Coursework Notes - Number

Fractions

A fraction is made from two components: the numerator (on the top) and the denominator (on the bottom)

numerator
denominator

Fraction Types:

 ordinary :   numerator less than denominator   vulgar :   numerator greater than denominator   equivalent :   cancelled to one simple fraction

Fraction Addition - To add two fractions you must first find their common denominator. Then convert each to the new denominator and add the numerators.

Look at this example.

The common denominator is found by multiplying the two denominators together. In this case, multiply the 5 by the 3. This gives 15.

Now convert each factor to 15 ths by dividing the denominator of each into 15 and multiplying the result by each numerator.

 5 goes into 15 three times. 3 goes into 15 five times.   Multiply the numerator of the first fraction 4, by three to get 12.   Multiply the numerator of the second fraction 2, by five to get 10.   Write the two results over the denominator 15, and add.

more examples...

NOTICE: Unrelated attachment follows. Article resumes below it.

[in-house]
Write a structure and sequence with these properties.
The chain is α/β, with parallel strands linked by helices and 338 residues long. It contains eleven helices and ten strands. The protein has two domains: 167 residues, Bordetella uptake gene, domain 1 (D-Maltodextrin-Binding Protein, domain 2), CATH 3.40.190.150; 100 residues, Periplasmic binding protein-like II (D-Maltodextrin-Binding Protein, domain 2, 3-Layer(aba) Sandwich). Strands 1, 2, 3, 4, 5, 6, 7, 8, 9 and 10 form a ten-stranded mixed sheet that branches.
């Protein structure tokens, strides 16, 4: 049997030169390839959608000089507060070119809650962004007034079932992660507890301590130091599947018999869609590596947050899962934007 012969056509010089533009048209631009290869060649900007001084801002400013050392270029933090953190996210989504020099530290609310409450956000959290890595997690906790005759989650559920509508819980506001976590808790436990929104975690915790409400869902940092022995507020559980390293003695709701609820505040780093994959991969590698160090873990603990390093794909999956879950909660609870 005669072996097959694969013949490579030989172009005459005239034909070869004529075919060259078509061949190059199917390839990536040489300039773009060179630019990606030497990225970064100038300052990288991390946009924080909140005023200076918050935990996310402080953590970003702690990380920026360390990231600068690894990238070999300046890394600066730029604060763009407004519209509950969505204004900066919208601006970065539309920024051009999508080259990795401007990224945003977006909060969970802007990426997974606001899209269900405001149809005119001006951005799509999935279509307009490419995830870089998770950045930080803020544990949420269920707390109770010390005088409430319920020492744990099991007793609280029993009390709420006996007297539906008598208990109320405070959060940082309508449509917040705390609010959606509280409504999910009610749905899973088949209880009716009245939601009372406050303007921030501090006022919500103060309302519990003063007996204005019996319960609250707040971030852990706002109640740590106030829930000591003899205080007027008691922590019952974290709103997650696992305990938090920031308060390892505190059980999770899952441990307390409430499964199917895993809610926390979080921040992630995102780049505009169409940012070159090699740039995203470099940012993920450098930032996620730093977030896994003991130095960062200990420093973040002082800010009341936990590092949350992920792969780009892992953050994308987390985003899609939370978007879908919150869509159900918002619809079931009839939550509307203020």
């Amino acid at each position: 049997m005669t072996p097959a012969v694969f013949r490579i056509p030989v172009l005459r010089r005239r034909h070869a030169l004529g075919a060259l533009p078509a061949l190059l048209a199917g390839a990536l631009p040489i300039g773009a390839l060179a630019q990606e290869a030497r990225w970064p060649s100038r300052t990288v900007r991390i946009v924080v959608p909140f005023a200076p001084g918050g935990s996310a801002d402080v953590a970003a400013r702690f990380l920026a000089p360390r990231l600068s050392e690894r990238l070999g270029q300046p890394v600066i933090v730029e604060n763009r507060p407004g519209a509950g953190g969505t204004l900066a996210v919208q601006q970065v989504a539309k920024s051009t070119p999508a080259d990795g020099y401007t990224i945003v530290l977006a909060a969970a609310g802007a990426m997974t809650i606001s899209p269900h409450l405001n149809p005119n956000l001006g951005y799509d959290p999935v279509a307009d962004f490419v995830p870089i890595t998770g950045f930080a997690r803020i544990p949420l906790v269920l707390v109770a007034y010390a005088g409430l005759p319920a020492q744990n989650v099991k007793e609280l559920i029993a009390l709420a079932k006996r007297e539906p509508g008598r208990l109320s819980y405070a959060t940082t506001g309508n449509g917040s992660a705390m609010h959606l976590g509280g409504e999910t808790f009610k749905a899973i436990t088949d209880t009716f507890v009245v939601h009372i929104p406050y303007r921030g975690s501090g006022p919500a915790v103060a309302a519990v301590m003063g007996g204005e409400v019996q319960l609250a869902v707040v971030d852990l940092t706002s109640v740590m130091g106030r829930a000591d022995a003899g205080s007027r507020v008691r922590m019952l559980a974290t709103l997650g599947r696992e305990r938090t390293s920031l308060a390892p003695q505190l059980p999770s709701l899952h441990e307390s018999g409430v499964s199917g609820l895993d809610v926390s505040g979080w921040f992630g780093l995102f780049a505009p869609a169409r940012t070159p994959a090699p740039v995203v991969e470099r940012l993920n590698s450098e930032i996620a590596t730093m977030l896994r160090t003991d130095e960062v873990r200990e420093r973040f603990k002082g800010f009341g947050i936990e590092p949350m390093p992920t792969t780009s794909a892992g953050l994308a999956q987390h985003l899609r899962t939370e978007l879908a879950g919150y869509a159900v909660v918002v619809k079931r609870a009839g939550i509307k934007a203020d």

Fraction Subtraction - This is exactly the same as for addition except that the numbers above the common denominator are subtracted from eachother.

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Fraction Multiplication - Here the numerators are multiplied along the top, while the denominators are multiplied along the bottom.

Fraction Division - The second fraction is turned upside down(inverted), the two fractions are multiplied together.

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Placing fractions in order(ordering) - If a calculator is allowed in the exam paper, all you have to do is convert the fractions to decimals - divide each denominator into each numerator. However is a calculator is disallowed you must use the method shown below.

Simply find the common denominator of all the fractions(as with factor addition) and convert each fraction to the new denominator. Then order the fractions and cancel to get the original fractions.

The common denominator of all these fractions is 4 x 10 x 7 x 5 (=1400)

Dividing each denominator into this number and multiplying the answer by the respective numerator we get:

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